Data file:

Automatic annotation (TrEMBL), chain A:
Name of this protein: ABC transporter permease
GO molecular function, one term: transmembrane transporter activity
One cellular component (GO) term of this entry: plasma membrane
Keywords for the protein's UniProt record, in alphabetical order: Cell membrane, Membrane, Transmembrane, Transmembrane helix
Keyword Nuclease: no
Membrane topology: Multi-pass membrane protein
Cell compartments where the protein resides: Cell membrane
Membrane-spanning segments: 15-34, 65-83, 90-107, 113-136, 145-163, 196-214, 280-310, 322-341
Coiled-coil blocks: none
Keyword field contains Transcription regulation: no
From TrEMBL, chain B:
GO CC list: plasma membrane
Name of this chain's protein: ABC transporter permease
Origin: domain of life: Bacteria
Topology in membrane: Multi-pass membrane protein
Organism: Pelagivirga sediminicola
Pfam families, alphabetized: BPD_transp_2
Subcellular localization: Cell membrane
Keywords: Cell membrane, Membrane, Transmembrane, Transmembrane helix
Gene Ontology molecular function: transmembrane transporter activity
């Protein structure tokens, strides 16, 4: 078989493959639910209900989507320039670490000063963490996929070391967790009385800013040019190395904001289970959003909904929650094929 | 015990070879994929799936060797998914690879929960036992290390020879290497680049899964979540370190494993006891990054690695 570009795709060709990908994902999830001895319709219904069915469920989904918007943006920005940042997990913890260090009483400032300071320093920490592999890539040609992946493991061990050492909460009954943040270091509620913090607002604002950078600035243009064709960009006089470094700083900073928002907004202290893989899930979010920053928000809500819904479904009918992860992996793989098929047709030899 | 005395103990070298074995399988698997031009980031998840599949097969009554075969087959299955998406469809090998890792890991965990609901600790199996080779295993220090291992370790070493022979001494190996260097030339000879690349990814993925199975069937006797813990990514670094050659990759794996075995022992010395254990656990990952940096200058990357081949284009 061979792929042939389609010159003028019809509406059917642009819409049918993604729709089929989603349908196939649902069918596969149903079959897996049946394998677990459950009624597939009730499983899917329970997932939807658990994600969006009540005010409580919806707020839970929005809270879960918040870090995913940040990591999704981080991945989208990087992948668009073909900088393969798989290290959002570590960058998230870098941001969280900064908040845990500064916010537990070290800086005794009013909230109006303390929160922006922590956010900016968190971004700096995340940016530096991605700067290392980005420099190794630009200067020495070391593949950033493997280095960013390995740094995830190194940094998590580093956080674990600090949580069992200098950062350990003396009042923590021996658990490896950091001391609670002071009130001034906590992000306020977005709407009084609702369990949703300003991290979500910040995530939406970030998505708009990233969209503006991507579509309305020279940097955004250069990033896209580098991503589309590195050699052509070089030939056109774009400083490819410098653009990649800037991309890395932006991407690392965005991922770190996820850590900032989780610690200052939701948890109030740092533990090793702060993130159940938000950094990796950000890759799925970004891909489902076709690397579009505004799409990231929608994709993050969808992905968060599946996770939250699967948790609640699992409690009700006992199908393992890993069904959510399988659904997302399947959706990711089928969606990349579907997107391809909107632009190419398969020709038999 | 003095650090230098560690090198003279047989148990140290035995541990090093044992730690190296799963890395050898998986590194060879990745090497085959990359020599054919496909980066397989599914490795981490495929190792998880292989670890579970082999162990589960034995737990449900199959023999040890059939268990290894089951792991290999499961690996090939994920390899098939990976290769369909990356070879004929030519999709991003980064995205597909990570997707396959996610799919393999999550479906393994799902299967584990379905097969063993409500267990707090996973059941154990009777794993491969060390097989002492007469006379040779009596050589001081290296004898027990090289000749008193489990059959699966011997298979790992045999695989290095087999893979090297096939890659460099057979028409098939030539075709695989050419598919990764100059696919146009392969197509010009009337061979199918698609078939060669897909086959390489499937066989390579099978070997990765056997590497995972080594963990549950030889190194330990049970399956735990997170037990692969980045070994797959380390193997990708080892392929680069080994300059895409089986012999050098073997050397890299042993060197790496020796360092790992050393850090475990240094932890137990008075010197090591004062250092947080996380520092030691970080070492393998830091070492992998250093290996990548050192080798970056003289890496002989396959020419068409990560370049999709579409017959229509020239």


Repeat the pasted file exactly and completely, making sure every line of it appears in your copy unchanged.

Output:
Automatic annotation (TrEMBL), chain A:
Name of this protein: ABC transporter permease
GO molecular function, one term: transmembrane transporter activity
One cellular component (GO) term of this entry: plasma membrane
Keywords for the protein's UniProt record, in alphabetical order: Cell membrane, Membrane, Transmembrane, Transmembrane helix
Keyword Nuclease: no
Membrane topology: Multi-pass membrane protein
Cell compartments where the protein resides: Cell membrane
Membrane-spanning segments: 15-34, 65-83, 90-107, 113-136, 145-163, 196-214, 280-310, 322-341
Coiled-coil blocks: none
Keyword field contains Transcription regulation: no
From TrEMBL, chain B:
GO CC list: plasma membrane
Name of this chain's protein: ABC transporter permease
Origin: domain of life: Bacteria
Topology in membrane: Multi-pass membrane protein
Organism: Pelagivirga sediminicola
Pfam families, alphabetized: BPD_transp_2
Subcellular localization: Cell membrane
Keywords: Cell membrane, Membrane, Transmembrane, Transmembrane helix
Gene Ontology molecular function: transmembrane transporter activity
């Protein structure tokens, strides 16, 4: 078989493959639910209900989507320039670490000063963490996929070391967790009385800013040019190395904001289970959003909904929650094929 | 015990070879994929799936060797998914690879929960036992290390020879290497680049899964979540370190494993006891990054690695 570009795709060709990908994902999830001895319709219904069915469920989904918007943006920005940042997990913890260090009483400032300071320093920490592999890539040609992946493991061990050492909460009954943040270091509620913090607002604002950078600035243009064709960009006089470094700083900073928002907004202290893989899930979010920053928000809500819904479904009918992860992996793989098929047709030899 | 005395103990070298074995399988698997031009980031998840599949097969009554075969087959299955998406469809090998890792890991965990609901600790199996080779295993220090291992370790070493022979001494190996260097030339000879690349990814993925199975069937006797813990990514670094050659990759794996075995022992010395254990656990990952940096200058990357081949284009 061979792929042939389609010159003028019809509406059917642009819409049918993604729709089929989603349908196939649902069918596969149903079959897996049946394998677990459950009624597939009730499983899917329970997932939807658990994600969006009540005010409580919806707020839970929005809270879960918040870090995913940040990591999704981080991945989208990087992948668009073909900088393969798989290290959002570590960058998230870098941001969280900064908040845990500064916010537990070290800086005794009013909230109006303390929160922006922590956010900016968190971004700096995340940016530096991605700067290392980005420099190794630009200067020495070391593949950033493997280095960013390995740094995830190194940094998590580093956080674990600090949580069992200098950062350990003396009042923590021996658990490896950091001391609670002071009130001034906590992000306020977005709407009084609702369990949703300003991290979500910040995530939406970030998505708009990233969209503006991507579509309305020279940097955004250069990033896209580098991503589309590195050699052509070089030939056109774009400083490819410098653009990649800037991309890395932006991407690392965005991922770190996820850590900032989780610690200052939701948890109030740092533990090793702060993130159940938000950094990796950000890759799925970004891909489902076709690397579009505004799409990231929608994709993050969808992905968060599946996770939250699967948790609640699992409690009700006992199908393992890993069904959510399988659904997302399947959706990711089928969606990349579907997107391809909107632009190419398969020709038999 | 003095650090230098560690090198003279047989148990140290035995541990090093044992730690190296799963890395050898998986590194060879990745090497085959990359020599054919496909980066397989599914490795981490495929190792998880292989670890579970082999162990589960034995737990449900199959023999040890059939268990290894089951792991290999499961690996090939994920390899098939990976290769369909990356070879004929030519999709991003980064995205597909990570997707396959996610799919393999999550479906393994799902299967584990379905097969063993409500267990707090996973059941154990009777794993491969060390097989002492007469006379040779009596050589001081290296004898027990090289000749008193489990059959699966011997298979790992045999695989290095087999893979090297096939890659460099057979028409098939030539075709695989050419598919990764100059696919146009392969197509010009009337061979199918698609078939060669897909086959390489499937066989390579099978070997990765056997590497995972080594963990549950030889190194330990049970399956735990997170037990692969980045070994797959380390193997990708080892392929680069080994300059895409089986012999050098073997050397890299042993060197790496020796360092790992050393850090475990240094932890137990008075010197090591004062250092947080996380520092030691970080070492393998830091070492992998250093290996990548050192080798970056003289890496002989396959020419068409990560370049999709579409017959229509020239």